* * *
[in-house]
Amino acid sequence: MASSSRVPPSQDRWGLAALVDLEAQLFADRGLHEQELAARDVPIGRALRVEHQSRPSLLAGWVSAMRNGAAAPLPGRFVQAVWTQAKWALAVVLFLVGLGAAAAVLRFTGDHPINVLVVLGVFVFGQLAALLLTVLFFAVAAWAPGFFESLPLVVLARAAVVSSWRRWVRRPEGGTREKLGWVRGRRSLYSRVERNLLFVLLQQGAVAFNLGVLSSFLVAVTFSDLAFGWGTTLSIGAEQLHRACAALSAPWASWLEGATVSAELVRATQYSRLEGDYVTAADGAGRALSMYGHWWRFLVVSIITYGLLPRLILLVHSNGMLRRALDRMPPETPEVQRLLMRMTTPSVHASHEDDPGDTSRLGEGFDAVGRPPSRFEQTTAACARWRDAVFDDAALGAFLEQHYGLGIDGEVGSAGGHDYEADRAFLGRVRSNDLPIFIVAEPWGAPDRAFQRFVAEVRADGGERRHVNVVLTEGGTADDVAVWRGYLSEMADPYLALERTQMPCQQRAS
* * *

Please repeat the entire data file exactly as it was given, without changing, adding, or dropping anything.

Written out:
[in-house]
Amino acid sequence: MASSSRVPPSQDRWGLAALVDLEAQLFADRGLHEQELAARDVPIGRALRVEHQSRPSLLAGWVSAMRNGAAAPLPGRFVQAVWTQAKWALAVVLFLVGLGAAAAVLRFTGDHPINVLVVLGVFVFGQLAALLLTVLFFAVAAWAPGFFESLPLVVLARAAVVSSWRRWVRRPEGGTREKLGWVRGRRSLYSRVERNLLFVLLQQGAVAFNLGVLSSFLVAVTFSDLAFGWGTTLSIGAEQLHRACAALSAPWASWLEGATVSAELVRATQYSRLEGDYVTAADGAGRALSMYGHWWRFLVVSIITYGLLPRLILLVHSNGMLRRALDRMPPETPEVQRLLMRMTTPSVHASHEDDPGDTSRLGEGFDAVGRPPSRFEQTTAACARWRDAVFDDAALGAFLEQHYGLGIDGEVGSAGGHDYEADRAFLGRVRSNDLPIFIVAEPWGAPDRAFQRFVAEVRADGGERRHVNVVLTEGGTADDVAVWRGYLSEMADPYLALERTQMPCQQRAS